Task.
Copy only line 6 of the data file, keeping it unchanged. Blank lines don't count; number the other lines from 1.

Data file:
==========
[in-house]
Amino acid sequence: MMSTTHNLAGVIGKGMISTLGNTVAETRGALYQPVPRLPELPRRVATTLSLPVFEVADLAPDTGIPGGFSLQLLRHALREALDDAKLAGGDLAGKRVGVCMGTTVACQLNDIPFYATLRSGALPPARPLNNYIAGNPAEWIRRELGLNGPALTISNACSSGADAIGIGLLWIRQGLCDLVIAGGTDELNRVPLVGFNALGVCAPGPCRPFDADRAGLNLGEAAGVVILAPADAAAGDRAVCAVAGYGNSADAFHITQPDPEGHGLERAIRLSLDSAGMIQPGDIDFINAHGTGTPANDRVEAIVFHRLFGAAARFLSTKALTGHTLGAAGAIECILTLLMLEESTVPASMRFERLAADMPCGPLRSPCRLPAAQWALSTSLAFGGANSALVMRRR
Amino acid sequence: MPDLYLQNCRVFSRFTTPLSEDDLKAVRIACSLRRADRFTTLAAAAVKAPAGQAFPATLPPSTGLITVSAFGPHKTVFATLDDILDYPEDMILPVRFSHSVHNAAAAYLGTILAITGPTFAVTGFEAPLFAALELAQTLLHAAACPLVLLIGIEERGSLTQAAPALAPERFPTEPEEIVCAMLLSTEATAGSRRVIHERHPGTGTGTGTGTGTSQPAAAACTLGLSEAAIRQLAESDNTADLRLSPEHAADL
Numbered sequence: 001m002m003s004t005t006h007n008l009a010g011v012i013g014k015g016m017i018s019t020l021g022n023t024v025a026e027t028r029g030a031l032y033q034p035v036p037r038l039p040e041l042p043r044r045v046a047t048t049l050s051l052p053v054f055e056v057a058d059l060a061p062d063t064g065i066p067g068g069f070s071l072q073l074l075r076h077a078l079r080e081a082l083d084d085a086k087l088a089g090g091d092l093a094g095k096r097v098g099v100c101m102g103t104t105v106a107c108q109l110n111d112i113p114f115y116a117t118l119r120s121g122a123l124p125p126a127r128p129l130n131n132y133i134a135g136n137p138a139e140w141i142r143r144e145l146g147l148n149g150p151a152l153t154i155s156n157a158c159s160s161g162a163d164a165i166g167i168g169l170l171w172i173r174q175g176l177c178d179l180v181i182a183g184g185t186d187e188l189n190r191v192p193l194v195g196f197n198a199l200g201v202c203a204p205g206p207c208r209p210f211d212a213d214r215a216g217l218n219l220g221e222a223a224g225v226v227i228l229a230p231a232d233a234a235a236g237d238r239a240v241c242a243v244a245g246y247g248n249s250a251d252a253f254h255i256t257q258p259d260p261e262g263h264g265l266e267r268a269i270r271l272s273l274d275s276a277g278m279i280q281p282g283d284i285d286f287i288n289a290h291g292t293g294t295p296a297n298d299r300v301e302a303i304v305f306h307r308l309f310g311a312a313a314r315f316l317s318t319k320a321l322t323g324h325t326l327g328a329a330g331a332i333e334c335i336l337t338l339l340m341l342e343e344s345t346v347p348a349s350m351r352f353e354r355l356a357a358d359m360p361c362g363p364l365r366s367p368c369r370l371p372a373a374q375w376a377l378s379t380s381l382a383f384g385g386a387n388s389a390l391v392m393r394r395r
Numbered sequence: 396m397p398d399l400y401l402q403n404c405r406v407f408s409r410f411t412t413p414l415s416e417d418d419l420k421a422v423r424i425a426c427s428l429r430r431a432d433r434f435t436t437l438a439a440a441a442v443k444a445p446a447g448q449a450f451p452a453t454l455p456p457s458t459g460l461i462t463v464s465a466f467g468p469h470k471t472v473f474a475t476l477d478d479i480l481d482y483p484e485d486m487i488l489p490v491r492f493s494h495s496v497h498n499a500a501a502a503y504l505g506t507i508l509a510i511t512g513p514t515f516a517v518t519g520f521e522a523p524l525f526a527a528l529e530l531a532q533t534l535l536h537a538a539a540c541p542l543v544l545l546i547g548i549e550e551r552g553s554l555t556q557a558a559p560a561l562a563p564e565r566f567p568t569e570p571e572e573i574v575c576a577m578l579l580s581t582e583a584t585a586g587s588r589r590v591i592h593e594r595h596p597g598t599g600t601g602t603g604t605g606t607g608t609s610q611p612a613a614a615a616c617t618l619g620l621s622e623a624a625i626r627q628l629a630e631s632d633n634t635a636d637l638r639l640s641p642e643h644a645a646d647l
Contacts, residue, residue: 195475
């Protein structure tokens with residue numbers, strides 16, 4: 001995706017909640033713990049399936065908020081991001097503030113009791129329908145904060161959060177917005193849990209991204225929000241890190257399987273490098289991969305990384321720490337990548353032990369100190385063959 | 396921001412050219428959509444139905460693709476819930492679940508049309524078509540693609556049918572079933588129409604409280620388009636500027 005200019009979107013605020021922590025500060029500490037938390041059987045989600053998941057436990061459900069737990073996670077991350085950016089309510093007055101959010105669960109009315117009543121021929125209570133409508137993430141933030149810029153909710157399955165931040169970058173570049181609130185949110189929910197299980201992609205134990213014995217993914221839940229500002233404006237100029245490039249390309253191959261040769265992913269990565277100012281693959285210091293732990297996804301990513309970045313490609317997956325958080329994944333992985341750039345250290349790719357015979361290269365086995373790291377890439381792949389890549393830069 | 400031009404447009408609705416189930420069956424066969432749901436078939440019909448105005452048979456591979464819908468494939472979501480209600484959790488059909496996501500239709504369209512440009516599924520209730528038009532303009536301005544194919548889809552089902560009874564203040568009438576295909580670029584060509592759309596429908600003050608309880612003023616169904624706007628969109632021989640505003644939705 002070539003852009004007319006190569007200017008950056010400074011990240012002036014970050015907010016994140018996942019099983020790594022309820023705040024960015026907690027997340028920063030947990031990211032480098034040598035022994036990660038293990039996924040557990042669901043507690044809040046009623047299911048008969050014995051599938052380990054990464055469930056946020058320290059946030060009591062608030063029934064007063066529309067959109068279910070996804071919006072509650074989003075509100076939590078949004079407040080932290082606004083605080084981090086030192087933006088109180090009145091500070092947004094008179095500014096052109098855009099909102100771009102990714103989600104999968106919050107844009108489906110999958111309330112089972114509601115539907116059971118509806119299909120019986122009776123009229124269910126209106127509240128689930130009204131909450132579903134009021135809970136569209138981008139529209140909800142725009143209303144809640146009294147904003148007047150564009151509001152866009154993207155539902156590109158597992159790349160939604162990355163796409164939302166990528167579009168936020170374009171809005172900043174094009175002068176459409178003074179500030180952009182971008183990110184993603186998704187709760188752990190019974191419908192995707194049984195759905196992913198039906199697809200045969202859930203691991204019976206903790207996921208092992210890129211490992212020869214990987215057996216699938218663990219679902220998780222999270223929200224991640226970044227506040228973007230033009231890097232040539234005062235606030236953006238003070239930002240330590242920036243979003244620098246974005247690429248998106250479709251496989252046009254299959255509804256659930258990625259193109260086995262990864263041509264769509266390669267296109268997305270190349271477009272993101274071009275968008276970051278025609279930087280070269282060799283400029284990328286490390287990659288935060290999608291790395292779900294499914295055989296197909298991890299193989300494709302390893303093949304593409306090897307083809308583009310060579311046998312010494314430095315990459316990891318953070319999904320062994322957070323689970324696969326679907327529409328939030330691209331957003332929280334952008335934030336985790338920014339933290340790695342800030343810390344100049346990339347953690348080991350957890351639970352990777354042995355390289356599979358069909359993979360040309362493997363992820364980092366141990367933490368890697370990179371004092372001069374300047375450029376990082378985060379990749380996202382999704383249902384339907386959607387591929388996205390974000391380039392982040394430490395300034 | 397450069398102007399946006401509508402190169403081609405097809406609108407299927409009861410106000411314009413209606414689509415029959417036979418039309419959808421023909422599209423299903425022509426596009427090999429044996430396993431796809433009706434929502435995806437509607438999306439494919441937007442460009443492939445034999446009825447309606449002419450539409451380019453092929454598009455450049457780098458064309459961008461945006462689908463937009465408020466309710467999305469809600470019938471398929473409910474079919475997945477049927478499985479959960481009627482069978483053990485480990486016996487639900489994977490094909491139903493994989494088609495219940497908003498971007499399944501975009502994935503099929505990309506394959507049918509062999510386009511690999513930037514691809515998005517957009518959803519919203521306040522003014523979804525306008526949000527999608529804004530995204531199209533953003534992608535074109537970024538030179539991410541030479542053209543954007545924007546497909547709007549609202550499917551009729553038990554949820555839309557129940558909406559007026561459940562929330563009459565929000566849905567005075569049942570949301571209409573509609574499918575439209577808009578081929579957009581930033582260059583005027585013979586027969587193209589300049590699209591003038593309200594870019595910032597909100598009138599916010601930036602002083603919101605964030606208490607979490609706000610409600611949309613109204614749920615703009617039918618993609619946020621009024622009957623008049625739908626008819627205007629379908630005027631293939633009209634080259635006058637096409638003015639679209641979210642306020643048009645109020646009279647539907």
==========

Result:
Contacts, residue, residue: 195475